On June 26th, 2012 Joe Sakic was elected to the Hockey Hall of Fame. Sakic's induction was pretty much a slam dunk, and his resume and career accomplishments speak for themselves. He was no doubt a tremendous hockey player who was feared by opponents and respected by all.
I could go on and on about Super Joe. It was truly a privilege to watch him play growing up. In addition to being one of the greatest athletes to ever represent the city of Denver and state of Colorado, Sakic was—and still is—a class act. I have never heard anyone say anything negative about Joe Sakic as a person.
All too often, professional athletes (and celebrities in general) who are supposed to be role-models end up making poor choices like getting arrested, being selfish and greedy or saying something stupid to the media. Sakic was a true role model, on and off the ice; although, he never even aspired to be. All he wanted to do was to play hockey. Which he did. And very, very well at that!
Like I said, I could go on and on about all of Joe Sakic's wonderful career accomplishments on and off the ice. However, I will focus on just one. My single favorite Joe Sakic moment, as well as my personal favorite moment I have ever witnessed in sports, came on June 9th, 2001.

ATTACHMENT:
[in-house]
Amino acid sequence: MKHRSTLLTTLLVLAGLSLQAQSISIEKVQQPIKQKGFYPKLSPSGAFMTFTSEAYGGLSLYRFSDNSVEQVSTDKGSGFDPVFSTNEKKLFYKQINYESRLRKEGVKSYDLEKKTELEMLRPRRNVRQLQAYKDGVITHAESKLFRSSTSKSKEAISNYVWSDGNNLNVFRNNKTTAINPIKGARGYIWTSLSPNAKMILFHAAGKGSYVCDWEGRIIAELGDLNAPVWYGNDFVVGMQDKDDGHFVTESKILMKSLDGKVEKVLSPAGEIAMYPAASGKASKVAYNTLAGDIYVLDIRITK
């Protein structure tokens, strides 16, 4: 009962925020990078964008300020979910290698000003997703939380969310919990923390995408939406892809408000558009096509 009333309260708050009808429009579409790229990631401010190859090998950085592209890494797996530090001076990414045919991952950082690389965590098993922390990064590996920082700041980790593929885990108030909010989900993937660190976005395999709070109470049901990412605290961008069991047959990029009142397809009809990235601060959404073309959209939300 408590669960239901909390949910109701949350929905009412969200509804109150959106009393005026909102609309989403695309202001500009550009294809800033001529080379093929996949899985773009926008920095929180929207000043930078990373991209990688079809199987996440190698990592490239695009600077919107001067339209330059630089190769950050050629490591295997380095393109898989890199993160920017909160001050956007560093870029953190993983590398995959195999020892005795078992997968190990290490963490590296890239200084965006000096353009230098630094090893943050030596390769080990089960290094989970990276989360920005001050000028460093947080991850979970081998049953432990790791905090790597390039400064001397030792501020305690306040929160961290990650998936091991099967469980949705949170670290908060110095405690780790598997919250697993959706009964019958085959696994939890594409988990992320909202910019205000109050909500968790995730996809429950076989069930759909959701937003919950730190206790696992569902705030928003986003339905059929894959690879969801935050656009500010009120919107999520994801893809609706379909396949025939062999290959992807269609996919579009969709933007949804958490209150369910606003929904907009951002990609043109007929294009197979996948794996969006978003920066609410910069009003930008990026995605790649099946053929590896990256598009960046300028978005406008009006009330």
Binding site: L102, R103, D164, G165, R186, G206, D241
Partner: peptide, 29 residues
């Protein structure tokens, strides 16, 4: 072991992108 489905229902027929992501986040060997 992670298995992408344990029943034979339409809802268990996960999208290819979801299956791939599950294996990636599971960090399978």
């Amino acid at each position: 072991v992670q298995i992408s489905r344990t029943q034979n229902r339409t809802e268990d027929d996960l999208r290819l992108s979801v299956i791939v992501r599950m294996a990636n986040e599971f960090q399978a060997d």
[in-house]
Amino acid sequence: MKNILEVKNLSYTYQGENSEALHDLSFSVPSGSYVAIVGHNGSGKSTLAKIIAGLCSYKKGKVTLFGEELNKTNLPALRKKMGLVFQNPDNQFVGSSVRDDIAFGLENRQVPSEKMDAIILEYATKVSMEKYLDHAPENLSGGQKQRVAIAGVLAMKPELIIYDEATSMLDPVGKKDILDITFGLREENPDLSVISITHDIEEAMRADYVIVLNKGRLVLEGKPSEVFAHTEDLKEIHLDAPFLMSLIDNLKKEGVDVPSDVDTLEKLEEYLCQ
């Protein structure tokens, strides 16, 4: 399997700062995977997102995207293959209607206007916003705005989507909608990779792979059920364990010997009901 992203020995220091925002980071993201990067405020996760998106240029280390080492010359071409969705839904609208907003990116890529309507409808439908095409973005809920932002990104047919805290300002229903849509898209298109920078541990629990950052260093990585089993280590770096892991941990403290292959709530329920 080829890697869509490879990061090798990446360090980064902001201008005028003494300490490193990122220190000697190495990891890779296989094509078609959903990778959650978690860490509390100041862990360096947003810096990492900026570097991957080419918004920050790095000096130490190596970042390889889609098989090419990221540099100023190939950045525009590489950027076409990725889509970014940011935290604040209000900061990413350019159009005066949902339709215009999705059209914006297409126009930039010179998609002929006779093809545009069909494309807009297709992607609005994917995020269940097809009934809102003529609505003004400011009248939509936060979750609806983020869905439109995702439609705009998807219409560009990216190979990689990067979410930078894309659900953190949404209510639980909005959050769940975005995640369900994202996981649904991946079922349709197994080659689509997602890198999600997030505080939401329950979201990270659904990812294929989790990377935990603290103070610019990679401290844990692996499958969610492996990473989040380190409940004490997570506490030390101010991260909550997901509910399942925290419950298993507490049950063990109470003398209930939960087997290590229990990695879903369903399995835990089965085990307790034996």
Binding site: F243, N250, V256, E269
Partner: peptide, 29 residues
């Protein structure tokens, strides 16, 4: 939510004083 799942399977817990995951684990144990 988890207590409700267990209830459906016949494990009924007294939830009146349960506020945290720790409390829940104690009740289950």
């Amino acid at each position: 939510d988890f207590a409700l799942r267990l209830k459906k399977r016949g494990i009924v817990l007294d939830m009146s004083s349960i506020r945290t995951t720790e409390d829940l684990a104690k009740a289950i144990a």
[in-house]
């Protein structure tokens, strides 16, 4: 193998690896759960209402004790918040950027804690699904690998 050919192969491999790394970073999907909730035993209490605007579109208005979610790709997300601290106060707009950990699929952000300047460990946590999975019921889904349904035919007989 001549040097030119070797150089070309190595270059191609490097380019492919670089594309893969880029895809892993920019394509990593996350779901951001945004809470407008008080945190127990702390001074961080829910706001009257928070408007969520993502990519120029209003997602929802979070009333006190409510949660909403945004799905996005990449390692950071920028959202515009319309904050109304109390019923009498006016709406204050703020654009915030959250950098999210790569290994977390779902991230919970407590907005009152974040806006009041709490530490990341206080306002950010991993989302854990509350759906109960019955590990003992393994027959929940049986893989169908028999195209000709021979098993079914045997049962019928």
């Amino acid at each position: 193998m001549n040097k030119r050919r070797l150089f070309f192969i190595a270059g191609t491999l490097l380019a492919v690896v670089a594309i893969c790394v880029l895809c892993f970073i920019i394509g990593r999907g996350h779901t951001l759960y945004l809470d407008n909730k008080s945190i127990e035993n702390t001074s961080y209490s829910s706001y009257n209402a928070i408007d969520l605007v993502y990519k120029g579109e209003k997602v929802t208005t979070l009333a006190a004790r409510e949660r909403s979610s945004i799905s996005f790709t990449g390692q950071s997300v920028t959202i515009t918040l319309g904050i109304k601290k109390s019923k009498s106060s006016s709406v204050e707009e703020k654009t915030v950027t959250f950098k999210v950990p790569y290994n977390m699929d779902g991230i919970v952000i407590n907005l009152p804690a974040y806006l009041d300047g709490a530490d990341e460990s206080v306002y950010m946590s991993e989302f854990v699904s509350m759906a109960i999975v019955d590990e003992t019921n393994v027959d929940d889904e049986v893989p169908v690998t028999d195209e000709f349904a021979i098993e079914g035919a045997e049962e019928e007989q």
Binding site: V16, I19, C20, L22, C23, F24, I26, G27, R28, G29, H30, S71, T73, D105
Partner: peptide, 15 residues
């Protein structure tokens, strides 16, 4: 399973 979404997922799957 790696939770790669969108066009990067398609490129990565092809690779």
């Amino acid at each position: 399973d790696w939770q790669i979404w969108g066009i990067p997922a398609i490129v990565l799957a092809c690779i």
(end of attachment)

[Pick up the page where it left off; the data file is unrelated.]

The Colorado Avalanche had valiantly battled back from a 3-2 series deficit against the very formidable New Jersey Devils and won game six in the Meadowlands and completed the series victory here in Denver in game seven.
Two of the greatest goalies to ever play the game battled in an epic duel with Patrick Roy besting Martin Brodeur. Joe Sakic, along with youngsters Chris Drury, Milan Hejduk and Alex Tanguay, had to compensate for the loss of star forward Peter Forsberg who had suffered a ruptured spleen after defeating the Los Angeles Kings in the second round.
And finally, the Avalanche defense, led by Rob Blake, Adam Foote and the legendary Ray Bourque powered the Avs to victory. During the 2001 Stanley Cup playoffs, Ray Bourque, arguably the greatest ever NHL defenseman, was unquestionably the talk of the hockey world.
The previous year, he had been traded to Colorado from Boston in hope of hoisting Lord Stanley's prize. The Avs fell to the Dallas Stars in 2000, but Bourque returned to Colorado to give it one last shot. Finally, after 22 NHL seasons, he and his team won the Cup.
Being the captain of the Colorado Avalanche, Joe Sakic was presented with the Stanley Cup immediately following the Avs' 3-1 game-seven victory by commissioner Gary Bettman. The NHL tradition is that the captain hoists the Cup and then passes it along to his teammates.
No one would have questioned or even expected Sakic not to. As captain, he had every right to hoist the Cup himself.
Instead however, he immediately handed the Cup over to Bourque in the single classiest, most selfless act I have ever witnessed in sports. That moment exemplifies Joe Sakic the hockey player and Joe Sakic the person. He is a winner and a champion, and a very humble, selfless one at that.
On November 12th, 2012, Joe Sakic will be forever enshrined in the Hockey Hall of Fame in Toronto, Canada as he most certainly deserves to be. Yes, we here in Colorado and the hockey world very much like them apples!